New Zealand is one of those places that I have always wanted to visit, but never thought I would have the opportunity. That lofty goal of someday visiting the land of the Kiwis, was achieved in March of this year when I attended The International Dairy Federation (IDF) – Mastitis conference which was held in Christchurch, New Zealand. Isis Mullarky (a colleague from Virginia Tech) and I spent more than 48 hours in transit to enjoy a total of 8 days in New Zealand. Our first 4 days were spent in Christchurch, on the South Island, attending and presenting research at the IDF – Mastitis conference. This international meeting, held every 5 years, had 550 delegates. Third to New Zealand and Australia, the United States was represented by 30 delegates. Following the conference, the remaining days were spent visiting with Kiwi researchers, learning about the dairy industry in New Zealand, and touring the countryside.?

As you may know, the dairy industry in New Zealand is based on a pastoral farming system with seasonal calving. Similar to the human population of 5 million, there are 4.25 million cows in New Zealand with an average herd size of 366 cows. Although two thirds of the cows reside on the North Island, the cows on the South Island record the highest milk yield and milk solids. Holstein-Freisian cows make up 22.4% of the entire population, 20.5% are crossbred animals and 8.4% are Jerseys. The remaining 48.6% of the cows include a small number of Ayrshires as well as all other breeds, including many beef crossed animals.?

The entire population of Kiwi cows average approximately 8300 lbs of milk per lactation. This is obviously a lower production statistic than what we are accustomed to in our dairy system. However, the Kiwi cows are much smaller in size (Holsteins average just over 1000 lbs. in body weight) and are fed a more forage-based diet. With payment based primarily on milk solids, there is an emphasis on milk fat and protein percent, which average 4.9% and 3.7%, respectively. Related to milk quality, the average milk somatic cell count in New Zealand was 253,000 last year.? Artificial insemination is the predominantly used breeding method, with 75% of cows inseminated last year. Interestingly, services per conception average 1.34, which helps to ensure the 370 day calving interval. In terms of land use, the average number of cows per hectare is 2.83, which is a commonly used statistic in this type of a dairy system (one hectare is equivalent to 2.47 acres). At a premium, the cost per hectare is just over $35,000 NZD, which is approximately equal to $25,000 USD.?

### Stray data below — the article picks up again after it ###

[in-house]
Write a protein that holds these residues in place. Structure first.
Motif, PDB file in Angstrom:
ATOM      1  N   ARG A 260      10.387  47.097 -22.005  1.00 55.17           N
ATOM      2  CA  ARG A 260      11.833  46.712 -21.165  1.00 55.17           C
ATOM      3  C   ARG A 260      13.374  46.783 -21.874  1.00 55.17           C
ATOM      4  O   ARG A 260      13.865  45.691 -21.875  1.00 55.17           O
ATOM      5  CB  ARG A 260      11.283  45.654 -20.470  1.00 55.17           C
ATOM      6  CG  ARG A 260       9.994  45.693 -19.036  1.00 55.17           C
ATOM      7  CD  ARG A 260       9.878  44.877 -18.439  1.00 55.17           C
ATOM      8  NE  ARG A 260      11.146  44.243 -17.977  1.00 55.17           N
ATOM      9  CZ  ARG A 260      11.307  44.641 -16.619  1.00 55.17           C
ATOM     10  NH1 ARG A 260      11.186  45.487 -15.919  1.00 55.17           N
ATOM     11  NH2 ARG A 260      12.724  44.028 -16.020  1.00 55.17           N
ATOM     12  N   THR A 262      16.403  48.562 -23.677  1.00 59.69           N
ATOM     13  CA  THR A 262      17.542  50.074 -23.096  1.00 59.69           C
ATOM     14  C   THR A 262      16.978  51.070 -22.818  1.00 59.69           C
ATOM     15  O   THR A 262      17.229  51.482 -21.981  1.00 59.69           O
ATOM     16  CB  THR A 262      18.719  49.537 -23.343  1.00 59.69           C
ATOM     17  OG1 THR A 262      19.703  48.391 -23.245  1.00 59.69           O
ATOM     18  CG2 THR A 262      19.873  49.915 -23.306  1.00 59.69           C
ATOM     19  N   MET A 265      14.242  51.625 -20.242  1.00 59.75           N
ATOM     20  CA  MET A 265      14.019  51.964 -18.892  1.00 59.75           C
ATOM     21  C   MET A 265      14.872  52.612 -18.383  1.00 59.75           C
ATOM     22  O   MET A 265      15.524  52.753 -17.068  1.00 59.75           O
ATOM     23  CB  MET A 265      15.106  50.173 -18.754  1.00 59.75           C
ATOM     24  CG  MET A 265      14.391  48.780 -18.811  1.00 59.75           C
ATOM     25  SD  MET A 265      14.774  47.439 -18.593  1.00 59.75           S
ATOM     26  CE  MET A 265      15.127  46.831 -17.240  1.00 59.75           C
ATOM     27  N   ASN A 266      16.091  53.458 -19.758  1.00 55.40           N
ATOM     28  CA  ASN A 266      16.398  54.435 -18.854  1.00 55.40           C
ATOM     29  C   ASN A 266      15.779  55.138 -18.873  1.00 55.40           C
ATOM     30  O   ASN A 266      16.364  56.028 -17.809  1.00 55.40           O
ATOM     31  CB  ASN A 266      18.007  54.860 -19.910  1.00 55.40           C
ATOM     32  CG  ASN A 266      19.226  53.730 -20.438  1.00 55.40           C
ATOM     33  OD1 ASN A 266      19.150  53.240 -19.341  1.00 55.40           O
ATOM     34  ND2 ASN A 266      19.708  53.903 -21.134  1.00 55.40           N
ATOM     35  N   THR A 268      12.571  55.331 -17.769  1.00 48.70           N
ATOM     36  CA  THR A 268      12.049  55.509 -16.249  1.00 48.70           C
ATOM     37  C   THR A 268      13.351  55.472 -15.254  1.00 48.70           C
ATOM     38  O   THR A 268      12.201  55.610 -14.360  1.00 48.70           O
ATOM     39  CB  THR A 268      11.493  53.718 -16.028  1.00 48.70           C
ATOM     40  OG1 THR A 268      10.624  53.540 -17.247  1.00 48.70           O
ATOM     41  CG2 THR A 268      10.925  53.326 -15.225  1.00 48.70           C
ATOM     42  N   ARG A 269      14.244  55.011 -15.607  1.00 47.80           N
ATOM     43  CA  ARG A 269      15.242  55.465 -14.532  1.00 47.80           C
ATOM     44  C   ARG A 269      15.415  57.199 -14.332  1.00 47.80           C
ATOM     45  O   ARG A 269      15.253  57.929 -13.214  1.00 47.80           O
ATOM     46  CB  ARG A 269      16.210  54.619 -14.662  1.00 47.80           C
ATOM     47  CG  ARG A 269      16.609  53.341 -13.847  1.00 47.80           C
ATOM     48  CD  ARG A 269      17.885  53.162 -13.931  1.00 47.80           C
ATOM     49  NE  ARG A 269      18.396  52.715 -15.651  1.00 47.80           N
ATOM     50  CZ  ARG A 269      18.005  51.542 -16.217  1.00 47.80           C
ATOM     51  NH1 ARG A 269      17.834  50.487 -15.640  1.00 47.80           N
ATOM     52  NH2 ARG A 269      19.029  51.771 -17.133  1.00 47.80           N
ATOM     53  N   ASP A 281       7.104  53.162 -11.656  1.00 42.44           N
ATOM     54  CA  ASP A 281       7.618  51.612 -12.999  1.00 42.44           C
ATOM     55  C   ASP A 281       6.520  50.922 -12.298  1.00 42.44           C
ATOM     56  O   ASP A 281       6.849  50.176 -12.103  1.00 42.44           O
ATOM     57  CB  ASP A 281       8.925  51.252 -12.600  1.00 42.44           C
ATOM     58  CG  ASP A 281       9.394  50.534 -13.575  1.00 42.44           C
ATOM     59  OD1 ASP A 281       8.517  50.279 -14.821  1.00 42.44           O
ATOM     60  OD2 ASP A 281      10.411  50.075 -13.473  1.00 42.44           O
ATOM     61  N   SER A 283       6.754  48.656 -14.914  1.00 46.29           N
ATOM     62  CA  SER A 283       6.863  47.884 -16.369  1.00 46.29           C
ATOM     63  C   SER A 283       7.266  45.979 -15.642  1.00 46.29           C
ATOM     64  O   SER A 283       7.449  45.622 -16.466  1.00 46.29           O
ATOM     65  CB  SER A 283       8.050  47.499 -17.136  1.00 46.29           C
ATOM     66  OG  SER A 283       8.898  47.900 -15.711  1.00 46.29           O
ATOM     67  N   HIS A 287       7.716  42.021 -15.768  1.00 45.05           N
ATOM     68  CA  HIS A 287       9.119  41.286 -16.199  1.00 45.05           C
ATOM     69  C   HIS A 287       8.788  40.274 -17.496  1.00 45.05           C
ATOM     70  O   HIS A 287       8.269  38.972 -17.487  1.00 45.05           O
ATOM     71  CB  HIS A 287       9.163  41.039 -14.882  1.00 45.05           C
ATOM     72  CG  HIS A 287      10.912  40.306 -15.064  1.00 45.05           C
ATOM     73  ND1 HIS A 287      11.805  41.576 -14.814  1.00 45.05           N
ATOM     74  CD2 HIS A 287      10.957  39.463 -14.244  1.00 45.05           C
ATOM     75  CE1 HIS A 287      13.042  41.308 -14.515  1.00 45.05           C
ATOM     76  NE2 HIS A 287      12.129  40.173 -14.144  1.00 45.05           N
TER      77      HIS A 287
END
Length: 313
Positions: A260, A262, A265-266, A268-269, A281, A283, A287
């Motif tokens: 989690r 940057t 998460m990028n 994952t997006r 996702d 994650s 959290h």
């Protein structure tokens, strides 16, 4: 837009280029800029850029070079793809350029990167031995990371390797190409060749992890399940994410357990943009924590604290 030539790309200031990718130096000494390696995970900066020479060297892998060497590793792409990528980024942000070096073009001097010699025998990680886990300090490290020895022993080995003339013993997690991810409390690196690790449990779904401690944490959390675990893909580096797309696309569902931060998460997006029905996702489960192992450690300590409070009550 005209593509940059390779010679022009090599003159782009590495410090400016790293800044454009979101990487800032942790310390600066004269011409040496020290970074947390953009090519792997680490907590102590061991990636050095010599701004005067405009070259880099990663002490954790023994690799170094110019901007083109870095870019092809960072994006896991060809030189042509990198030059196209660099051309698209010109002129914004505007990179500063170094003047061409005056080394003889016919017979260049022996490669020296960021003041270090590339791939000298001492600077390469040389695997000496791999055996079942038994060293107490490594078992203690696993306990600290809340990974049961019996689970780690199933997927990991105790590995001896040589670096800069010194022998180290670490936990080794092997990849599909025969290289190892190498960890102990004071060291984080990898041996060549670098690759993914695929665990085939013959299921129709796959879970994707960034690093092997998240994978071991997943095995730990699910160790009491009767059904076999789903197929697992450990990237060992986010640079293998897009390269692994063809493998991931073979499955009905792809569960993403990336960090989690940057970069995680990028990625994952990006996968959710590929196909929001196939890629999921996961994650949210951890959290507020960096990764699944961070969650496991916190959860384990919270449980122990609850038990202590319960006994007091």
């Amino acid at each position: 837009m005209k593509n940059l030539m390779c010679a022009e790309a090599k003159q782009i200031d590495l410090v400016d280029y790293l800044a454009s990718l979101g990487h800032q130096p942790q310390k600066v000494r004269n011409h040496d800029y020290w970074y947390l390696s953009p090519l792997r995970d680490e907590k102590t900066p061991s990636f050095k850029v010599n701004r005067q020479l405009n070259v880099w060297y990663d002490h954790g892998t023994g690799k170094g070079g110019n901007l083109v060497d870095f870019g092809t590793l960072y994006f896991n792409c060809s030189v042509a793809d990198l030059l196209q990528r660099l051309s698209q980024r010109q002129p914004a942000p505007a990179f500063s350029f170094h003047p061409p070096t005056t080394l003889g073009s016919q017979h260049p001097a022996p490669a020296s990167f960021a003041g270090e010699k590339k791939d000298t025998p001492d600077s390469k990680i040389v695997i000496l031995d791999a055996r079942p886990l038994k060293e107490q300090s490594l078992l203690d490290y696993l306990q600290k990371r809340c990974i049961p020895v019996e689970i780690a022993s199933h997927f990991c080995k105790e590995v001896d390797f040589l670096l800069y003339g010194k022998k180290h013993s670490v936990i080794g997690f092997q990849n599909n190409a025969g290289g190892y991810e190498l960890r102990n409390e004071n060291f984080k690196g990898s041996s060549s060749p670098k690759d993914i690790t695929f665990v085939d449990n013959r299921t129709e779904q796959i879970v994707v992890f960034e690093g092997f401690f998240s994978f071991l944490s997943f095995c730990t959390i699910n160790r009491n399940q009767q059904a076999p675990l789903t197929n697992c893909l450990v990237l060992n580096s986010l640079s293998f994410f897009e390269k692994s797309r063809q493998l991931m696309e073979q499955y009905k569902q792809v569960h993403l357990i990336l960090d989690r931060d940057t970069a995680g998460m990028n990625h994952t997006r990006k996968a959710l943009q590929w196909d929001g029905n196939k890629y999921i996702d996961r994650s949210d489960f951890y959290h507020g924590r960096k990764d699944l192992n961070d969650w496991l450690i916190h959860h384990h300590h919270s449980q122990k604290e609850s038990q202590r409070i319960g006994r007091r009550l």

Anecdotally, I was impressed with the awareness of the dairy industry across New Zealand. Even in the big city of Auckland, if we were asked the reason for our visit, people responded by relating their personal life to the farm they were raised on, the neighbor that dairies or just the general knowledge that the dairy industry is one of the primary agriculture industries of the country. Biosecurity is of utmost importance to the country of New Zealand, and that was profoundly obvious during our visit. Along the way, we learned several new terms such as vats (bulk tanks), sheds (parlors) and races (paths which the cows walk to get to the sheds). This “green” country was absolutely magnificent and we thoroughly enjoyed our journey. If we are lucky enough, maybe we will get the opportunity to visit again in the future.

Source: Christina Petersson-Wolfe, Extension Dairy Scientist, Milk Quality & Milking Management, Virginia Cooperative Extension